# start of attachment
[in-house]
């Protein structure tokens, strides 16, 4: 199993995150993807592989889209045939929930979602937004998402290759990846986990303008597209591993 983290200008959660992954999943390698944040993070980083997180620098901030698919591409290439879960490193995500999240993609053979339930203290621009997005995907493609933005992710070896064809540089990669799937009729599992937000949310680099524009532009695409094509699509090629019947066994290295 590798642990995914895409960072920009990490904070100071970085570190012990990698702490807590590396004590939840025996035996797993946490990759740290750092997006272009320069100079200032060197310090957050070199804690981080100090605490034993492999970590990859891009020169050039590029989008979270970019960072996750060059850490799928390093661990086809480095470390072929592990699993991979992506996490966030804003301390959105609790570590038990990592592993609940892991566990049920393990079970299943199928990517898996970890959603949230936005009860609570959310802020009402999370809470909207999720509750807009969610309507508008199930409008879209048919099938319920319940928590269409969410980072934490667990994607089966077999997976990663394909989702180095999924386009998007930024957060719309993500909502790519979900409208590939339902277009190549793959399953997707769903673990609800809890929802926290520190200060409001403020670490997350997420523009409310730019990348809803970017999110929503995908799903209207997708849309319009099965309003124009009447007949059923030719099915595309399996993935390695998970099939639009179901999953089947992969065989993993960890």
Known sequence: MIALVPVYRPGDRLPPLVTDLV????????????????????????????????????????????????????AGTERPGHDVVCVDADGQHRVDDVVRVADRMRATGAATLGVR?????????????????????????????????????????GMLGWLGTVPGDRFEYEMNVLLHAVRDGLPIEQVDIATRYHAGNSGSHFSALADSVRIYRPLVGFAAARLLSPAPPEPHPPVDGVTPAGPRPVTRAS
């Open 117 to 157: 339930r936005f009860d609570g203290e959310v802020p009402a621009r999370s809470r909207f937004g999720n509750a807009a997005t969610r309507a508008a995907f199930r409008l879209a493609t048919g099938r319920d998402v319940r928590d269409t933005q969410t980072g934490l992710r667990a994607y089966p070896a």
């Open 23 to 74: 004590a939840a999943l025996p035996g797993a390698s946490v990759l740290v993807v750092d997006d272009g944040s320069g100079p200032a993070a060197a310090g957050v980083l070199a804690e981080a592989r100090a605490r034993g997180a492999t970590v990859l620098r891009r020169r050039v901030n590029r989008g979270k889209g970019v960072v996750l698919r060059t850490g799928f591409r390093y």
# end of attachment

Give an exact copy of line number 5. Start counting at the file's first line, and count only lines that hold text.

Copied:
């Open 23 to 74: 004590a939840a999943l025996p035996g797993a390698s946490v990759l740290v993807v750092d997006d272009g944040s320069g100079p200032a993070a060197a310090g957050v980083l070199a804690e981080a592989r100090a605490r034993g997180a492999t970590v990859l620098r891009r020169r050039v901030n590029r989008g979270k889209g970019v960072v996750l698919r060059t850490g799928f591409r390093y």